Mexican Food

Oak Lawn stands by for Dallas’ newest chef-driven Mexican restaurant

Oak Lawn stands by for Dallas’ newest chef-driven Mexican restaurant

Jalisco Norte
A new restaurant opening in the fall promises Mexican food that's uniquely authentic. Photo courtesy of Carolina

Just a few months after the closure of his Cedar Springs eatery Cedar Grove (formerly Dish), restaurateur Tim McEneny is back with a new concept that will feature an acclaimed chef from Mexico City. The new restaurant is called Jalisco Norte, and it will open in October at 3858 Oak Lawn Ave., in the newly renovated center at the corner of Blackburn Street.

The supervising chef is Jose Meza Arroyave, a young rising star who was most recently at the famed Restaurant Carolina, at the St. Regis Punta Mita Resort, northwest of Puerto Vallarta on the west coast of Mexico.

Arroyave is no stranger to Dallas. In 2016, he did a stint as guest chef at Fearing's Restaurant on May 5, in celebration of Cinco de Mayo, where he showcased his contemporary rendition of Mexico's traditional culinary origins. His menu included a quesadilla made of crunchy blue maize filled with Oaxaca cheese; ceviche de pozole verde; carne asada; and arroz con leche, aka rice pudding.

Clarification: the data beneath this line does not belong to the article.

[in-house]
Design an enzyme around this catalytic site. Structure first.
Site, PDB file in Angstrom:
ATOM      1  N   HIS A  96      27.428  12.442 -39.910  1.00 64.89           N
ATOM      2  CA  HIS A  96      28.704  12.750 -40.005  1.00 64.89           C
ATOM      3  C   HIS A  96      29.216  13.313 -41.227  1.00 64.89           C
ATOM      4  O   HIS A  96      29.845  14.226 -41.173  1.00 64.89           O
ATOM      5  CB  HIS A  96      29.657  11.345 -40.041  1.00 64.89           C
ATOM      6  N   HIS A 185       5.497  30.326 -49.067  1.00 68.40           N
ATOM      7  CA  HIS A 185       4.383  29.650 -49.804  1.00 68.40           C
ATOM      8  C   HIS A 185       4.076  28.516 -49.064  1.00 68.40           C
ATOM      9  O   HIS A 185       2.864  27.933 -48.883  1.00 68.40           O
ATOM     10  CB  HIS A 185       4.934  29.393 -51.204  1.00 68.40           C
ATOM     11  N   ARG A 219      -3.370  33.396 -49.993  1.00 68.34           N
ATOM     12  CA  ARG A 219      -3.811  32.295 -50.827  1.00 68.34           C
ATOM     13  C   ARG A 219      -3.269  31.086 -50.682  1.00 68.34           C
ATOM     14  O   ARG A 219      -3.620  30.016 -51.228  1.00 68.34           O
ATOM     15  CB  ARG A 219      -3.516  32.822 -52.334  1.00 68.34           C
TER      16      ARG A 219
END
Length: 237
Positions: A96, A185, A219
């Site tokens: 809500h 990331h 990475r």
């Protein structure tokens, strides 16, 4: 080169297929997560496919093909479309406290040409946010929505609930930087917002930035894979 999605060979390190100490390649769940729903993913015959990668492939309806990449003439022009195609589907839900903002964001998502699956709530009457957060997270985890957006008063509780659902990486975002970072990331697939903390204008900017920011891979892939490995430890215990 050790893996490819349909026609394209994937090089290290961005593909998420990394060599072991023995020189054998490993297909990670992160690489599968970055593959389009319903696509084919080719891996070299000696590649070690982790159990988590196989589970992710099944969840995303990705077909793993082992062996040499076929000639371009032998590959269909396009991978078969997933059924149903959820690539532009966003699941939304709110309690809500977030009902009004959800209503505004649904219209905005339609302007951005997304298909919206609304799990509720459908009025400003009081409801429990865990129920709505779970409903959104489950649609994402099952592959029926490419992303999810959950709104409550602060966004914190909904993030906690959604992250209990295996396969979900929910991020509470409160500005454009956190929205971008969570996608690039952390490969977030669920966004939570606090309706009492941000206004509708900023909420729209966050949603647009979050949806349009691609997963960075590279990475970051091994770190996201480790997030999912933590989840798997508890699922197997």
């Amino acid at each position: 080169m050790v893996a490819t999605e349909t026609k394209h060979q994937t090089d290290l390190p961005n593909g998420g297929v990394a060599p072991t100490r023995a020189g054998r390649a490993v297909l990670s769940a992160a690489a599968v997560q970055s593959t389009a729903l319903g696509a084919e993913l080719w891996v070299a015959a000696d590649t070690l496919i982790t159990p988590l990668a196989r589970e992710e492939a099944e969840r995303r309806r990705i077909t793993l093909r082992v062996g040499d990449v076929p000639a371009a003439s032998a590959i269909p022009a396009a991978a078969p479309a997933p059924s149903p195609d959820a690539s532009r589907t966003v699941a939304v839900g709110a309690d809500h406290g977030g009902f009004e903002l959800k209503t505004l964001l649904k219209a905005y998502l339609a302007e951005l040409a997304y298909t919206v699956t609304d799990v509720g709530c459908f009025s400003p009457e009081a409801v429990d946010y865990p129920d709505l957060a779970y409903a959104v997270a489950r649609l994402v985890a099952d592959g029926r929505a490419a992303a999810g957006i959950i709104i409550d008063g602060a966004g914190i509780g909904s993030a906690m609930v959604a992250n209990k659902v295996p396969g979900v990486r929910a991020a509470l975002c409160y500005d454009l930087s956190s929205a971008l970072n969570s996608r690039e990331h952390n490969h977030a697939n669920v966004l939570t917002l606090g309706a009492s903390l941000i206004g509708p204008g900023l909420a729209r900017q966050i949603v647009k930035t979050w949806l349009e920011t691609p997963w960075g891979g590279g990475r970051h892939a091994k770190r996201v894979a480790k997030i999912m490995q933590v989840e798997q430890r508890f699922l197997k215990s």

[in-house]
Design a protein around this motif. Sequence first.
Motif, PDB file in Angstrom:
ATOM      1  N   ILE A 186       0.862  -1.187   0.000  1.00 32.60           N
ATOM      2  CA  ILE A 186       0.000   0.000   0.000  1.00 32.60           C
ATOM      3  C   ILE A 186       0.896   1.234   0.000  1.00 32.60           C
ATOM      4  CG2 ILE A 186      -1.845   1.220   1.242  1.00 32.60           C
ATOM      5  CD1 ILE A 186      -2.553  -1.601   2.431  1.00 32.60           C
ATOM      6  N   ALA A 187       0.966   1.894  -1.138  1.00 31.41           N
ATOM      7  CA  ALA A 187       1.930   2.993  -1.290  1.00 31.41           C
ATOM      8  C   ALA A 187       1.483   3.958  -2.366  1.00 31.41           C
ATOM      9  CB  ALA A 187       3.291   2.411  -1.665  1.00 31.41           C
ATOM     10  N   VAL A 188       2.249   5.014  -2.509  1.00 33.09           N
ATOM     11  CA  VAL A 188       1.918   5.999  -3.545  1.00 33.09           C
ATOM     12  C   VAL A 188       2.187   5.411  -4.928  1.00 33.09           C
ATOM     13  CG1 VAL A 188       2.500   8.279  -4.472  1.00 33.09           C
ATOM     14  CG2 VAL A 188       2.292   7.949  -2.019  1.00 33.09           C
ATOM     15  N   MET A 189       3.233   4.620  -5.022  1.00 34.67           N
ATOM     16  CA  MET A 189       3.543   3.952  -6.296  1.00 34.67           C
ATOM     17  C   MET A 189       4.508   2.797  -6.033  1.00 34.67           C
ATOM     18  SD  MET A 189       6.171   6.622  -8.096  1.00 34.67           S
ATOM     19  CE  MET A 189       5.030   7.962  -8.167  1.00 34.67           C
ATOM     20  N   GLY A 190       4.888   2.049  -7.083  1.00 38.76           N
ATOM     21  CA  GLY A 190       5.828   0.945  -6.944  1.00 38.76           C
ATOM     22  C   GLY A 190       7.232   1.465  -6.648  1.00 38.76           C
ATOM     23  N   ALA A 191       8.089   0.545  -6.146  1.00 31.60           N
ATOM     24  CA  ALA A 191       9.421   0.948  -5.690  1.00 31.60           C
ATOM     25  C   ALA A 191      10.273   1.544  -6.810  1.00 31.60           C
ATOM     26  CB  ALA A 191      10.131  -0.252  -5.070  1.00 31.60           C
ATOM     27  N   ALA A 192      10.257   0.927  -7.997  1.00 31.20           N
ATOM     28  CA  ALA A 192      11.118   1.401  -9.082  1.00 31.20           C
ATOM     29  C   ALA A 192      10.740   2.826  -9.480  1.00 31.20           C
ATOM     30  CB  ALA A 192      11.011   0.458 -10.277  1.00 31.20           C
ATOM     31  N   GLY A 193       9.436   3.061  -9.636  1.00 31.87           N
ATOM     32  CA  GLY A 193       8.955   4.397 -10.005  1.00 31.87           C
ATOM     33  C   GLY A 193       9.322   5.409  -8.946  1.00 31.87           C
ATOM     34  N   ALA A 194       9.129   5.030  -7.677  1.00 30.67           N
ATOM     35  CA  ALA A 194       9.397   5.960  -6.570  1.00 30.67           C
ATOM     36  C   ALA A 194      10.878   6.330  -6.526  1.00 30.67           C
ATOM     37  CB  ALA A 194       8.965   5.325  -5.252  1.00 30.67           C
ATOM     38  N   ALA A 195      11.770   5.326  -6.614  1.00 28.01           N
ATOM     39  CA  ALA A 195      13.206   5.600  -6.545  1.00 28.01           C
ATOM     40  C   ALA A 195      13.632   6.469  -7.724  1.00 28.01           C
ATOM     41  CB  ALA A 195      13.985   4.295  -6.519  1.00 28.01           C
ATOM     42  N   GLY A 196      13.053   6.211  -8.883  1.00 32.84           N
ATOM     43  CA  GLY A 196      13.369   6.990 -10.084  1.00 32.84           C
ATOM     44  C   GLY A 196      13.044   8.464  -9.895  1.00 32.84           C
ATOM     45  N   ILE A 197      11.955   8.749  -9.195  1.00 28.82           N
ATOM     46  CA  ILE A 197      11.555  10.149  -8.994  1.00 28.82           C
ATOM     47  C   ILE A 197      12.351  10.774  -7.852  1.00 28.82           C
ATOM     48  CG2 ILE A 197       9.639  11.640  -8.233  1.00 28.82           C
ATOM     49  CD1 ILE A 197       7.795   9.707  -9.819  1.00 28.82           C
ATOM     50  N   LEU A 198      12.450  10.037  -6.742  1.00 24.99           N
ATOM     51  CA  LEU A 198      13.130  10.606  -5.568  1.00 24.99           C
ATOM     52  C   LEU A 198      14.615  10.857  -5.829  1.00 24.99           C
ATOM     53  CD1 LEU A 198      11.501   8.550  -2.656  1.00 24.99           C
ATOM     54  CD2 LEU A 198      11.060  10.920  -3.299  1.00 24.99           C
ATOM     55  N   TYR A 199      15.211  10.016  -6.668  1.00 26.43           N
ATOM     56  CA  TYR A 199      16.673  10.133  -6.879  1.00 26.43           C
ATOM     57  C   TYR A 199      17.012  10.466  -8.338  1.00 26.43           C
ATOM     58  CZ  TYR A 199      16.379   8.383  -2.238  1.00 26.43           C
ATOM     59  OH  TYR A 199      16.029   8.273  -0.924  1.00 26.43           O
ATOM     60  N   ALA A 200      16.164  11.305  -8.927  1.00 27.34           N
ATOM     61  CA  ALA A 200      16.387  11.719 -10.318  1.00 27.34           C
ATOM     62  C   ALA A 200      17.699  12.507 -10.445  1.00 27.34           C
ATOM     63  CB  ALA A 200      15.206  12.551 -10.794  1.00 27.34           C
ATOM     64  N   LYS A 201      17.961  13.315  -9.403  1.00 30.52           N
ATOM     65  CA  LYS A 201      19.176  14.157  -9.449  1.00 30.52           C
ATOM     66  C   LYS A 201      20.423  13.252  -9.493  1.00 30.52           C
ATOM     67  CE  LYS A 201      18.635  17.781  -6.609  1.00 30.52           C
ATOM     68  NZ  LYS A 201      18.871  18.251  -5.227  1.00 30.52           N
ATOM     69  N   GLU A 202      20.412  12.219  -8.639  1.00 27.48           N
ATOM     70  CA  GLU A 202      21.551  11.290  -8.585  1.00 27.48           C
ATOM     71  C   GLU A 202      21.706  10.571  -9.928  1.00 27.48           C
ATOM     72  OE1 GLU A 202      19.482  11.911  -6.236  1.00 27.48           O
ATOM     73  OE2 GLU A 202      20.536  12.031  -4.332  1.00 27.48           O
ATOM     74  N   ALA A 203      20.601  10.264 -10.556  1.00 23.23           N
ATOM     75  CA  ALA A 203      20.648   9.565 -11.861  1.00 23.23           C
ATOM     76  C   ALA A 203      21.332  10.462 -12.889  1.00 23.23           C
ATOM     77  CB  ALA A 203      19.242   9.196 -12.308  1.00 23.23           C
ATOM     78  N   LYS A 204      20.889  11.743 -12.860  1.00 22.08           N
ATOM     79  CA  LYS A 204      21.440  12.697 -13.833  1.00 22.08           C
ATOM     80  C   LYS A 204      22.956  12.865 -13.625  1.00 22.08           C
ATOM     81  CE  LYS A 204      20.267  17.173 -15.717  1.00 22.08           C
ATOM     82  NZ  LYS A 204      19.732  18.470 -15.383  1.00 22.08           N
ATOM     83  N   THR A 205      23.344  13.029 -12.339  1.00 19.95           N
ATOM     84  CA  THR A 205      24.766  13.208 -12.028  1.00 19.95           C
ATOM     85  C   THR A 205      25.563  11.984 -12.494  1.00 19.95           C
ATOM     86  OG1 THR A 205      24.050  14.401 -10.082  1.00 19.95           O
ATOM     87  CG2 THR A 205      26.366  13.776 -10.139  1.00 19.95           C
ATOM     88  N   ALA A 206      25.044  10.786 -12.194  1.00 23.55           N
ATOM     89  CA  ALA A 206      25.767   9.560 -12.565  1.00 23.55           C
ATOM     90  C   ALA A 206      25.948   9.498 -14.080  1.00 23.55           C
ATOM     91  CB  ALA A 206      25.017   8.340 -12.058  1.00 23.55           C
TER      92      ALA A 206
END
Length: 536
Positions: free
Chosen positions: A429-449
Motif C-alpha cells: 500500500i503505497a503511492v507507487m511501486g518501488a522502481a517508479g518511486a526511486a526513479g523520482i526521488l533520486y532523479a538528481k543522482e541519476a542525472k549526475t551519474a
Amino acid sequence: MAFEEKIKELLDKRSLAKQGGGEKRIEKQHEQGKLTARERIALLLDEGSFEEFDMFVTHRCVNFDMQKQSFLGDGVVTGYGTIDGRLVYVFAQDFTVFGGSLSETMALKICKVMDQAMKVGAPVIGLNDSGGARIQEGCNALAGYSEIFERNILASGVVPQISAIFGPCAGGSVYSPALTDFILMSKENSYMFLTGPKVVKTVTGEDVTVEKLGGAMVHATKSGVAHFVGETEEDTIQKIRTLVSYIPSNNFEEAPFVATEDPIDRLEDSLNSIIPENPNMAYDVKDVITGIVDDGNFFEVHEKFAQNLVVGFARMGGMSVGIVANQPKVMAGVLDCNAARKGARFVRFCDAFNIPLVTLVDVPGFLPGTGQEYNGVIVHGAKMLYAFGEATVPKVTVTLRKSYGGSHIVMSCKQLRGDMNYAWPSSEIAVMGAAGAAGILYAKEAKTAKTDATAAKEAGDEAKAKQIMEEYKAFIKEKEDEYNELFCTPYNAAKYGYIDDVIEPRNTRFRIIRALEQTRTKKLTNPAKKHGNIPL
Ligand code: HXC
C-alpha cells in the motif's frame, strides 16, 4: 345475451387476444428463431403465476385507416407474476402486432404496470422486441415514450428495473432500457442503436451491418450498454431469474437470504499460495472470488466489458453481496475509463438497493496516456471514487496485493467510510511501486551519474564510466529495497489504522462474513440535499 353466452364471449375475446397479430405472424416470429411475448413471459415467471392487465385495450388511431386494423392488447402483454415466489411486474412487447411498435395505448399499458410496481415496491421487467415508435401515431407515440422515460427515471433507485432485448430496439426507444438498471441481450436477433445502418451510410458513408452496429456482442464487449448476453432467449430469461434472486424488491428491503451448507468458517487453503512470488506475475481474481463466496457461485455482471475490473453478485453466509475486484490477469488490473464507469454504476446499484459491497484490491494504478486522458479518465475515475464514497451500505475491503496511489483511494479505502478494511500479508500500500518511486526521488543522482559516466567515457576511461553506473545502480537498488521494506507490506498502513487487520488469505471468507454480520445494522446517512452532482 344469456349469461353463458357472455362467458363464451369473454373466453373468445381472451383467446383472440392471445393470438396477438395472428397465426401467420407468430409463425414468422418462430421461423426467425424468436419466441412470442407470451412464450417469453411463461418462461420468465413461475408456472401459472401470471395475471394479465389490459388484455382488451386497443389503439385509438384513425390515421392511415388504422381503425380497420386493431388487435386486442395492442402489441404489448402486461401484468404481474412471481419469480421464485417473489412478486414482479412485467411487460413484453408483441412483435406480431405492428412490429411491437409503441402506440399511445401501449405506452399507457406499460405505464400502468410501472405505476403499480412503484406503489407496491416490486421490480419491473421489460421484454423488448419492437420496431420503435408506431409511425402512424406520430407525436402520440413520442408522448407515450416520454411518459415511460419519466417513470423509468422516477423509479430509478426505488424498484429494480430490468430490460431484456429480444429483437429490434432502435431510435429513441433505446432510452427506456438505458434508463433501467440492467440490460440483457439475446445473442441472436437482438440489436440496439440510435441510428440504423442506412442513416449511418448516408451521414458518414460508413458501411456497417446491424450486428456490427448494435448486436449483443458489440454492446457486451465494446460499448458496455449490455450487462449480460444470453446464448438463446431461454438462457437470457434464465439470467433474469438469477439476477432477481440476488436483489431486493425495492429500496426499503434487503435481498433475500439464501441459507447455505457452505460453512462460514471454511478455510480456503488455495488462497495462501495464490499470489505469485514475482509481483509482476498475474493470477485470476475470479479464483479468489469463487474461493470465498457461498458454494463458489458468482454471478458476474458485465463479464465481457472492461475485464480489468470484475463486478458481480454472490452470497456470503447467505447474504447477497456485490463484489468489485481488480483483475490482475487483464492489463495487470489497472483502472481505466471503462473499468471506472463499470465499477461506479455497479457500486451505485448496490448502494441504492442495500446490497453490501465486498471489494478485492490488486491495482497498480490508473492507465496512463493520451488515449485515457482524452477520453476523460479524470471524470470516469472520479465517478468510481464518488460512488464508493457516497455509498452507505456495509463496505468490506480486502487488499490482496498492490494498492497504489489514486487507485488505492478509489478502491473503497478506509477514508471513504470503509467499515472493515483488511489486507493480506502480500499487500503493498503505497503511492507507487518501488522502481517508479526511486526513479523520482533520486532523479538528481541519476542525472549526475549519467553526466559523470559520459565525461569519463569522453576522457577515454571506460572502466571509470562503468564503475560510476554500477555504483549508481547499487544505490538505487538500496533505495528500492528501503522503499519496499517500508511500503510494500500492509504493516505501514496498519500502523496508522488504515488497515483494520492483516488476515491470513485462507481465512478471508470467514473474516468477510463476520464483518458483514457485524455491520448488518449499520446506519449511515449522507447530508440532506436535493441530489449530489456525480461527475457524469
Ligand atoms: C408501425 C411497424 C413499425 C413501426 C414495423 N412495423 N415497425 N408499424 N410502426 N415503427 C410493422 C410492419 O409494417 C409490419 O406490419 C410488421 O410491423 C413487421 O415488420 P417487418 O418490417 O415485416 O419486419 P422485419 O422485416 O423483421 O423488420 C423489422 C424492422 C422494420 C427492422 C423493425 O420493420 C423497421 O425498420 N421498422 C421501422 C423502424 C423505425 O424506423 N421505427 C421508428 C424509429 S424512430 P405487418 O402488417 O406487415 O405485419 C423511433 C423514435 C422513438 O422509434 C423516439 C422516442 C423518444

A native of Mexico City, Arroyave earned a degree in gastronomy and worked with such Michelin-starred chefs as Martin Berasategui, Bart de Pooyer, and Rene Redzepi at Noma in Denmark. Prior to Carolina, he worked at Moxi, a highly regarded restaurant in San Miguel de Allende.

Carolina Restaurant has had a AAA Five Diamond rating since its opening in 2008 and continues to be only gourmet Mexican restaurant holding this prestigious award.

Jalisco is known for its tequila, but Jalisco-style Mexican food has also become a bit of a buzzword in Dallas, with restaurants such as the recently opened Jose in the Park Cities claiming it as a theme. The most frequently cited Jalisco specialties include seafood, pozole stew, and birria, stewed meat — it can be goat, pork, lamb, or beef — served in a thick broth.

McEneny says that the menu is still being finalized, but promises that the restaurant will bring an authentic rendition of Mexico City-style food that Dallas has yet to see.

"Jose Meza is on the same level as Dean Fearing, Stephan Pyles, and Kent Rathbun," McEneny says. "We have restaurants that dabble in authentic Mexican food, but most are more Tex-Mex. With this restaurant, Mexico City is going to fall into our laps."

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